New York state officials struggled in mid-summer to shed light on a polio outbreak. They used a proven approach that has gained new attention in monitoring the spread of COVID-19: the collection and analysis of water samples containing human waste from sewage systems.
Wastewater monitoring has a long history in the fight against infectious diseases. More recently, it has been implemented in at least eight states in the track an outbreak of monkeypox. But it comes with its own risks, including the potential to infringe on privacy and to be used for purposes other than public health, such as in law enforcement – uses which, if pushed too far far, could further erode Americans’ trust in government.
There is no denying that the value of wastewater monitoring as a public health tool is undeniable. Last July, doctors in Rockland County, New York, diagnosed a 20-year-old man with the first case of polio in the United States in nearly a decade. Public health officials wanted to get ahead of the disease so they could roll out vaccinations. In the past of the disease, by the time they saw a case, it was too late to protect the patient and, probably, too late to prevent the spread of poliomyelitis. So state officials went looking for signs of the disease in nearby communities — in the sewage.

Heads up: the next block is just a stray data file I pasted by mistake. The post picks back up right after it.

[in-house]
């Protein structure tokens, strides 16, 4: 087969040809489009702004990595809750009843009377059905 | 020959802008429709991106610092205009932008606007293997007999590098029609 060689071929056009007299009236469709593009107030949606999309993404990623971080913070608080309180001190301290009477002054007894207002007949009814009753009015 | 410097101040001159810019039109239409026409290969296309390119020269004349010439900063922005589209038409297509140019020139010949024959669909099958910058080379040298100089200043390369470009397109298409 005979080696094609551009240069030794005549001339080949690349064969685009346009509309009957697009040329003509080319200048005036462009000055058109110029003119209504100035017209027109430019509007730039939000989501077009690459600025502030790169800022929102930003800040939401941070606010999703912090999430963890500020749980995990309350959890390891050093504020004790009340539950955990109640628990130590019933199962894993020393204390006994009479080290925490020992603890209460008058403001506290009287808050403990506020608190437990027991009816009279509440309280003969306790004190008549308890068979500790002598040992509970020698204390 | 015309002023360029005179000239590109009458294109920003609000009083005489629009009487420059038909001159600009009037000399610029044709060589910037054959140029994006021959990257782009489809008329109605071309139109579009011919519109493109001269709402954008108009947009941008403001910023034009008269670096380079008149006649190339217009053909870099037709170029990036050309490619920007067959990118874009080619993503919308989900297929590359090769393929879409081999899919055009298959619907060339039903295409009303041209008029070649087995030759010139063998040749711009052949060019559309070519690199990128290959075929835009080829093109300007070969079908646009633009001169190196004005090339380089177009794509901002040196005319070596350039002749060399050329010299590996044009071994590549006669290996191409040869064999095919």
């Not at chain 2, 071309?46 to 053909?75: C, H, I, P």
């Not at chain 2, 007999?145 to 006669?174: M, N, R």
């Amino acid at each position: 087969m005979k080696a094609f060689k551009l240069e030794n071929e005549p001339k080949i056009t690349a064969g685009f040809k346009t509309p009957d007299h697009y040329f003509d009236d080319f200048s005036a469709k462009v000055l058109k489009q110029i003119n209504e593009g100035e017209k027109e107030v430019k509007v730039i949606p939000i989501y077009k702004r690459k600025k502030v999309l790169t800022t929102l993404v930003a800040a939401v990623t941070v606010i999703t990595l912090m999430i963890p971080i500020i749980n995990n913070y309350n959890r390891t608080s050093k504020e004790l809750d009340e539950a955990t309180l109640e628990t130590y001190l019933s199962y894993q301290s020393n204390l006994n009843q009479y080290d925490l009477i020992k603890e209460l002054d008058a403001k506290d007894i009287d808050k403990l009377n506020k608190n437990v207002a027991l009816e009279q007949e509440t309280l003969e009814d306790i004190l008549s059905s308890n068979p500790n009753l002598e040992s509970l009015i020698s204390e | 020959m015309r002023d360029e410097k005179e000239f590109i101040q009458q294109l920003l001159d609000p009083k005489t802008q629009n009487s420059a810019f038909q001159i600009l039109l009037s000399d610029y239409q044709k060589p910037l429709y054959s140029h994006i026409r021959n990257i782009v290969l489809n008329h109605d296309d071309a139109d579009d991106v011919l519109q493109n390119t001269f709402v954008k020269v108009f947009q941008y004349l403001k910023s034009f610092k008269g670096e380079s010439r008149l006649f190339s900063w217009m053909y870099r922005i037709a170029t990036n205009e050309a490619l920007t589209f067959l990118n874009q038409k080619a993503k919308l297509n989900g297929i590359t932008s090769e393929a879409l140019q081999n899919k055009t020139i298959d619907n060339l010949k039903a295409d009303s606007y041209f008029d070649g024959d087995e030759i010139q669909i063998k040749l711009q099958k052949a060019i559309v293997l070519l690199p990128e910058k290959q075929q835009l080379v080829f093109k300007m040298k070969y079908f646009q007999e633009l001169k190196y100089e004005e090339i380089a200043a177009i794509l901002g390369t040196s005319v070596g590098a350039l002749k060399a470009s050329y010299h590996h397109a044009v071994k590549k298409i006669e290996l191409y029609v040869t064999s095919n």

They discovered that polio was not a problem they could simply eliminate. In addition to Rockland County, sewage tests revealed the disease in at least two other counties as well as New York, prompting Governor Kathy Hochul to declare a public health emergency and take steps to scale up vaccinations.
Push back against COVID-19
During the COVID-19 pandemic, a major and persistent problem had been tracking the spread of the disease and its variants. Counties were the building blocks of the data system, but data collection was often weak, especially in states where top officials made COVID-19 a political corner. Additionally, across the country, not all counties have collected COVID-19 data in the same way. It was difficult to fight the disease in the dark. Researchers at the University of California, San Diego have found they can detect RNA indicative of COVID-19 in campus wastewater. They collected the data and published it on a digital dashboard. On a summer afternoon in 2020, the research team detected one positive case. Over the weekend, they tested more than 650 people living and working in the dormitory and helped stop a COVID-19 outbreak in its tracks.
The success of the UC San Diego experiment led the CDC to create a new National Wastewater Monitoring System. The system funded the development of wastewater treatment systems across the country, covering health services in over 40 jurisdictions which serve more than 16% of the country’s population. The CDC has estimated that at least 80% of the population could eventually be served by monitoring the poop and urine flowing down the nation’s sewers. Other scholars have taken up the theme; the University of California, Merced, created a dashboardaptly called COVIDPoops19, which now tracks wastewater monitoring efforts in 70 countries.